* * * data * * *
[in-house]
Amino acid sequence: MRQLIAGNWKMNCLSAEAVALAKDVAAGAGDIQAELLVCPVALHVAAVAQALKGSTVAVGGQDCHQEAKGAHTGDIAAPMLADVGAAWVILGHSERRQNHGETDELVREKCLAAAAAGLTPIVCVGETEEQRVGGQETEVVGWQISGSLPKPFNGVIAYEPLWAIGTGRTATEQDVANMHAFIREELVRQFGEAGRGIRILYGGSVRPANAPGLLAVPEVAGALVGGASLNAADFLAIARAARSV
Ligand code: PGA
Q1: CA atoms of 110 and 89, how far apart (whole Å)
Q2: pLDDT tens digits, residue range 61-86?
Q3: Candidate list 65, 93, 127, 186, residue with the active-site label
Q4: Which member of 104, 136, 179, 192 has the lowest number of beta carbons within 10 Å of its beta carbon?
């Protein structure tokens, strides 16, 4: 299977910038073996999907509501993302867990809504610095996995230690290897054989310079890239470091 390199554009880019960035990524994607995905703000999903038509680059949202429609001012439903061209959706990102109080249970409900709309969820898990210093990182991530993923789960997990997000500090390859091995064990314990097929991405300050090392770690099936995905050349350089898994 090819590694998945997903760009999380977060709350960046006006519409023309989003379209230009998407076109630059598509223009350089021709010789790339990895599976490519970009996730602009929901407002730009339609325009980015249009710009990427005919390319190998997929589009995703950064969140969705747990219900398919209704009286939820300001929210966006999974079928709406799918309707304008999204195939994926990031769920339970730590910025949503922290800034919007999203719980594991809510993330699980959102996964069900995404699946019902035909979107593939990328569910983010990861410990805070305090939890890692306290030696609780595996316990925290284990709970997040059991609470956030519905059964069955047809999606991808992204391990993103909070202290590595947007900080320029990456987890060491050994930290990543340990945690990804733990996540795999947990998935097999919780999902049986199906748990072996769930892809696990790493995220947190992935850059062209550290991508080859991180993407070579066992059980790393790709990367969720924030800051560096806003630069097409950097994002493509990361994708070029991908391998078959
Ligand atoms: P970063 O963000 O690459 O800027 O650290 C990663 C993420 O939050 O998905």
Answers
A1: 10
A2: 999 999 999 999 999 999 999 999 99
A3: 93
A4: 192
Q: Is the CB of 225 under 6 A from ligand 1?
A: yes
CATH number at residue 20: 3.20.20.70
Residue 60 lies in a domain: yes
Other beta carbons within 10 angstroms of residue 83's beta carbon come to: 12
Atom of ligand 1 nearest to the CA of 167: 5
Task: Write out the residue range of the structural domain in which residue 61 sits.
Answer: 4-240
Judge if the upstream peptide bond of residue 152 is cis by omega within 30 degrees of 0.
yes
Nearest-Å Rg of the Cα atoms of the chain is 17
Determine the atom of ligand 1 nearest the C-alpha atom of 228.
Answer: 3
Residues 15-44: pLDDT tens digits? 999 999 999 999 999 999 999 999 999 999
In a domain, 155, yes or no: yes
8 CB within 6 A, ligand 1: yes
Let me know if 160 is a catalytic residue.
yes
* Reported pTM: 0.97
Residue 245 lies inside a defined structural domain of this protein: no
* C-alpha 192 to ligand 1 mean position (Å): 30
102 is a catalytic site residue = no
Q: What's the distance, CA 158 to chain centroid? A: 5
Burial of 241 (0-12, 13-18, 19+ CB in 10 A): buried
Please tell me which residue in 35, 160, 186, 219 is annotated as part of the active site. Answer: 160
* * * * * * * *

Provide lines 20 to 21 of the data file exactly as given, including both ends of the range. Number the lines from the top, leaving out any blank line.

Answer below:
Atom of ligand 1 nearest to the CA of 167: 5
Task: Write out the residue range of the structural domain in which residue 61 sits.